Missouri libraries work to expand internet access to communities during pandemic with help from grant money

Published: Sep. 28, 2020 at 5:18 PM CDT
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CAMDENTON, Mo. (KY3) - “Don’t concentrate on ‘new normal,'" said Robin Westphal, Missouri’s State Librarian. “'Concentrate on ‘better.’”

That’s the advice Westphal said she gave local county library directors all across the state.

“It’s not really going back to what that traditional library service was, but it’s providing better library service," Westphal added.

The State Library has given nearly $1 million in CARES Act grant money to 62 libraries across the state.Some of those libraries used the money for masks and other personal protective equipment.

Many are using it to expand their internet and technology services.

“It’s so much more than just e-books," Westphal said. 'It’s the e-audio books, it’s the streaming services, if you can’t afford Netflix at home, many libraries have streaming services, that with your library card, you’re able to stream movies or TV shows.”

The focus for the Camden County Library District is expanding broadband access.

“There are still tons of places in Camden County that can’t even get a cell signal, so people have to hop in their car and drive someplace to be able to connect even through their cell phone," said Michael Davis, Camden County Library director.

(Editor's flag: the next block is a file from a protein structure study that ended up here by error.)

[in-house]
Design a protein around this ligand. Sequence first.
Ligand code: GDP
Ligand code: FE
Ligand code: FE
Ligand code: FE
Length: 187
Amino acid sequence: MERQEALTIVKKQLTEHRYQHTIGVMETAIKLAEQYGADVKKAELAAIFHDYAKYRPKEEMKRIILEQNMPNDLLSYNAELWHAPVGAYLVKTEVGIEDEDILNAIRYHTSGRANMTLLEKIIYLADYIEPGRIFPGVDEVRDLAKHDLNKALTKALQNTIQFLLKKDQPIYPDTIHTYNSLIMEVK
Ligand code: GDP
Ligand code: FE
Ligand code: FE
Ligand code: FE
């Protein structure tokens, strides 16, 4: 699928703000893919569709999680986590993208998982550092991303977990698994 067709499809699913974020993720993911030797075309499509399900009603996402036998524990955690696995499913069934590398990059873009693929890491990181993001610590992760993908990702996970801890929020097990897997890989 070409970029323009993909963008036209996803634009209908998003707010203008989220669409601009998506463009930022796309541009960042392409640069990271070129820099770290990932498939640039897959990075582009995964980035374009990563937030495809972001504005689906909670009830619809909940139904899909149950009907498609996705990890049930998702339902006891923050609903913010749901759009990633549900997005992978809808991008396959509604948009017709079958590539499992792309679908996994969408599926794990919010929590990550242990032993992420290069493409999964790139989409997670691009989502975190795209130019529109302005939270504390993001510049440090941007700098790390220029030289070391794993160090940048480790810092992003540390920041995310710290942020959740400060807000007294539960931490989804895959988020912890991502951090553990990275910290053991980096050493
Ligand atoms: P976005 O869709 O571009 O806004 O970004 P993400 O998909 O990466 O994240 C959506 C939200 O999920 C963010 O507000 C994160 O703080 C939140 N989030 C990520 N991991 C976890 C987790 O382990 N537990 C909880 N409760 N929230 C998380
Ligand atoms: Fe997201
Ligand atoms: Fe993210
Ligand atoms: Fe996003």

A hot spot was installed at the Camdenton Park, and the WiFi at each library is able to be accessed 24/7 in their parking lots, even when the library building is closed.

Camden County Libraries didn’t apply for the grant through the State Library, but applied for a grant through the Office of Economic Development.

f they get that grant money, the plan is to buy 12 laptops for the community to be able to check out -- with a focus on health.

“We are kind of planning on putting those so they can be checked out, so if someone has to take a laptop home and do a telehealth visit, they can do that," Davis said.

If Davis receives that grant money from the Department of Economic Development, CARES Act money from Camden County could mean the $12,000 project for those laptops would be fully funded without the district spending its own money.

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